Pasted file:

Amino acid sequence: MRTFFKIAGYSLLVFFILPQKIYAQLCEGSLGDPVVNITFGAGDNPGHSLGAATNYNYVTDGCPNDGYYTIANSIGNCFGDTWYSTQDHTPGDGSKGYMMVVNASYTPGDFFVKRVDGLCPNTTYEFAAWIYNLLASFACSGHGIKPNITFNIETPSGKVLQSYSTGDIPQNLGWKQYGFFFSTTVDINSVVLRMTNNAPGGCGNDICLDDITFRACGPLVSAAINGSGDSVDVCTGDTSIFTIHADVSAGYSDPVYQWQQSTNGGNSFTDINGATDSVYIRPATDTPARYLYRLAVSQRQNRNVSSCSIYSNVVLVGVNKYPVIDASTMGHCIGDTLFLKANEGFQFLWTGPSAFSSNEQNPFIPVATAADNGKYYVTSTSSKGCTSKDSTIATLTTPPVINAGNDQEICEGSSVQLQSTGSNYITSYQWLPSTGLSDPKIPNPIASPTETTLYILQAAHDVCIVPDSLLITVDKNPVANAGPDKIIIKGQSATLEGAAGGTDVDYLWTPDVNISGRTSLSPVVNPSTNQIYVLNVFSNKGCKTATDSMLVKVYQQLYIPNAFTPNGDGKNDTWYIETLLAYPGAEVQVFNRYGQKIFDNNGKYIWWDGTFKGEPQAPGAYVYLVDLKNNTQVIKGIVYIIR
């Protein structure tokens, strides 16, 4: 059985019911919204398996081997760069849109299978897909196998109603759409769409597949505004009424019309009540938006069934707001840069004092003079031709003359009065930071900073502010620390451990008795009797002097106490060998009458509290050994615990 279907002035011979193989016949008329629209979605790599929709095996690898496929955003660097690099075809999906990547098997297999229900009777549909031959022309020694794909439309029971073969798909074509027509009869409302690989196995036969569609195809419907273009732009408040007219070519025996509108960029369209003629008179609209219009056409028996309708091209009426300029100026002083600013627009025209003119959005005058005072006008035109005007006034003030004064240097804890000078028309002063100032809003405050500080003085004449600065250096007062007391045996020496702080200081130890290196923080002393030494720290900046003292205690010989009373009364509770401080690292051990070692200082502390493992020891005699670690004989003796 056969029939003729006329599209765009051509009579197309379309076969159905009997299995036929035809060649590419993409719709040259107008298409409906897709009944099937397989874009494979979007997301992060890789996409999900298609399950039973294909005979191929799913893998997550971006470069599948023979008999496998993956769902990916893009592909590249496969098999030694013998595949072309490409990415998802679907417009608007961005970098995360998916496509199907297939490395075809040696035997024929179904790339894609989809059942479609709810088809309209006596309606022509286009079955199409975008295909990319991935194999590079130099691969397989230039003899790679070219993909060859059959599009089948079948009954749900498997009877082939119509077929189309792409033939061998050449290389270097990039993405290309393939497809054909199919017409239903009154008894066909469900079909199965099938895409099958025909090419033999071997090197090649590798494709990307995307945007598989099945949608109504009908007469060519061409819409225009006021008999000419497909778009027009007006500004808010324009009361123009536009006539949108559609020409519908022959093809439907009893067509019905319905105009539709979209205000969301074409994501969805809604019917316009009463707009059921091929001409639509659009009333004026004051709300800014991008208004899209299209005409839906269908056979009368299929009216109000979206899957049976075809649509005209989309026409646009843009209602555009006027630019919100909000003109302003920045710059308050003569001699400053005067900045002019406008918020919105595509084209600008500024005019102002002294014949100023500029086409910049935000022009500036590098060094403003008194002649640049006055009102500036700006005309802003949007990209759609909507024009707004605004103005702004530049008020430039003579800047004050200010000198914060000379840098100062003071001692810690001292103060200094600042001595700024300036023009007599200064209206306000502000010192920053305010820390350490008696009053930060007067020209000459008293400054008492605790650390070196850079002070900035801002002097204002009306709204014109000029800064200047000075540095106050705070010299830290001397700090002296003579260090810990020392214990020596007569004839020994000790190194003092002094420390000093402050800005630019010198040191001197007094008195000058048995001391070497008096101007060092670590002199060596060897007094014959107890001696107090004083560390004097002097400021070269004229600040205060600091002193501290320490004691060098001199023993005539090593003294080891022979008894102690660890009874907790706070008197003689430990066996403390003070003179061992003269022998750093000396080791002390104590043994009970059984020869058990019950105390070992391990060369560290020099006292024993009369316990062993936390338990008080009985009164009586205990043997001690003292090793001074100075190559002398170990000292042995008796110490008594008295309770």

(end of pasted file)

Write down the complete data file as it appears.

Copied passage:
Amino acid sequence: MRTFFKIAGYSLLVFFILPQKIYAQLCEGSLGDPVVNITFGAGDNPGHSLGAATNYNYVTDGCPNDGYYTIANSIGNCFGDTWYSTQDHTPGDGSKGYMMVVNASYTPGDFFVKRVDGLCPNTTYEFAAWIYNLLASFACSGHGIKPNITFNIETPSGKVLQSYSTGDIPQNLGWKQYGFFFSTTVDINSVVLRMTNNAPGGCGNDICLDDITFRACGPLVSAAINGSGDSVDVCTGDTSIFTIHADVSAGYSDPVYQWQQSTNGGNSFTDINGATDSVYIRPATDTPARYLYRLAVSQRQNRNVSSCSIYSNVVLVGVNKYPVIDASTMGHCIGDTLFLKANEGFQFLWTGPSAFSSNEQNPFIPVATAADNGKYYVTSTSSKGCTSKDSTIATLTTPPVINAGNDQEICEGSSVQLQSTGSNYITSYQWLPSTGLSDPKIPNPIASPTETTLYILQAAHDVCIVPDSLLITVDKNPVANAGPDKIIIKGQSATLEGAAGGTDVDYLWTPDVNISGRTSLSPVVNPSTNQIYVLNVFSNKGCKTATDSMLVKVYQQLYIPNAFTPNGDGKNDTWYIETLLAYPGAEVQVFNRYGQKIFDNNGKYIWWDGTFKGEPQAPGAYVYLVDLKNNTQVIKGIVYIIR
């Protein structure tokens, strides 16, 4: 059985019911919204398996081997760069849109299978897909196998109603759409769409597949505004009424019309009540938006069934707001840069004092003079031709003359009065930071900073502010620390451990008795009797002097106490060998009458509290050994615990 279907002035011979193989016949008329629209979605790599929709095996690898496929955003660097690099075809999906990547098997297999229900009777549909031959022309020694794909439309029971073969798909074509027509009869409302690989196995036969569609195809419907273009732009408040007219070519025996509108960029369209003629008179609209219009056409028996309708091209009426300029100026002083600013627009025209003119959005005058005072006008035109005007006034003030004064240097804890000078028309002063100032809003405050500080003085004449600065250096007062007391045996020496702080200081130890290196923080002393030494720290900046003292205690010989009373009364509770401080690292051990070692200082502390493992020891005699670690004989003796 056969029939003729006329599209765009051509009579197309379309076969159905009997299995036929035809060649590419993409719709040259107008298409409906897709009944099937397989874009494979979007997301992060890789996409999900298609399950039973294909005979191929799913893998997550971006470069599948023979008999496998993956769902990916893009592909590249496969098999030694013998595949072309490409990415998802679907417009608007961005970098995360998916496509199907297939490395075809040696035997024929179904790339894609989809059942479609709810088809309209006596309606022509286009079955199409975008295909990319991935194999590079130099691969397989230039003899790679070219993909060859059959599009089948079948009954749900498997009877082939119509077929189309792409033939061998050449290389270097990039993405290309393939497809054909199919017409239903009154008894066909469900079909199965099938895409099958025909090419033999071997090197090649590798494709990307995307945007598989099945949608109504009908007469060519061409819409225009006021008999000419497909778009027009007006500004808010324009009361123009536009006539949108559609020409519908022959093809439907009893067509019905319905105009539709979209205000969301074409994501969805809604019917316009009463707009059921091929001409639509659009009333004026004051709300800014991008208004899209299209005409839906269908056979009368299929009216109000979206899957049976075809649509005209989309026409646009843009209602555009006027630019919100909000003109302003920045710059308050003569001699400053005067900045002019406008918020919105595509084209600008500024005019102002002294014949100023500029086409910049935000022009500036590098060094403003008194002649640049006055009102500036700006005309802003949007990209759609909507024009707004605004103005702004530049008020430039003579800047004050200010000198914060000379840098100062003071001692810690001292103060200094600042001595700024300036023009007599200064209206306000502000010192920053305010820390350490008696009053930060007067020209000459008293400054008492605790650390070196850079002070900035801002002097204002009306709204014109000029800064200047000075540095106050705070010299830290001397700090002296003579260090810990020392214990020596007569004839020994000790190194003092002094420390000093402050800005630019010198040191001197007094008195000058048995001391070497008096101007060092670590002199060596060897007094014959107890001696107090004083560390004097002097400021070269004229600040205060600091002193501290320490004691060098001199023993005539090593003294080891022979008894102690660890009874907790706070008197003689430990066996403390003070003179061992003269022998750093000396080791002390104590043994009970059984020869058990019950105390070992391990060369560290020099006292024993009369316990062993936390338990008080009985009164009586205990043997001690003292090793001074100075190559002398170990000292042995008796110490008594008295309770």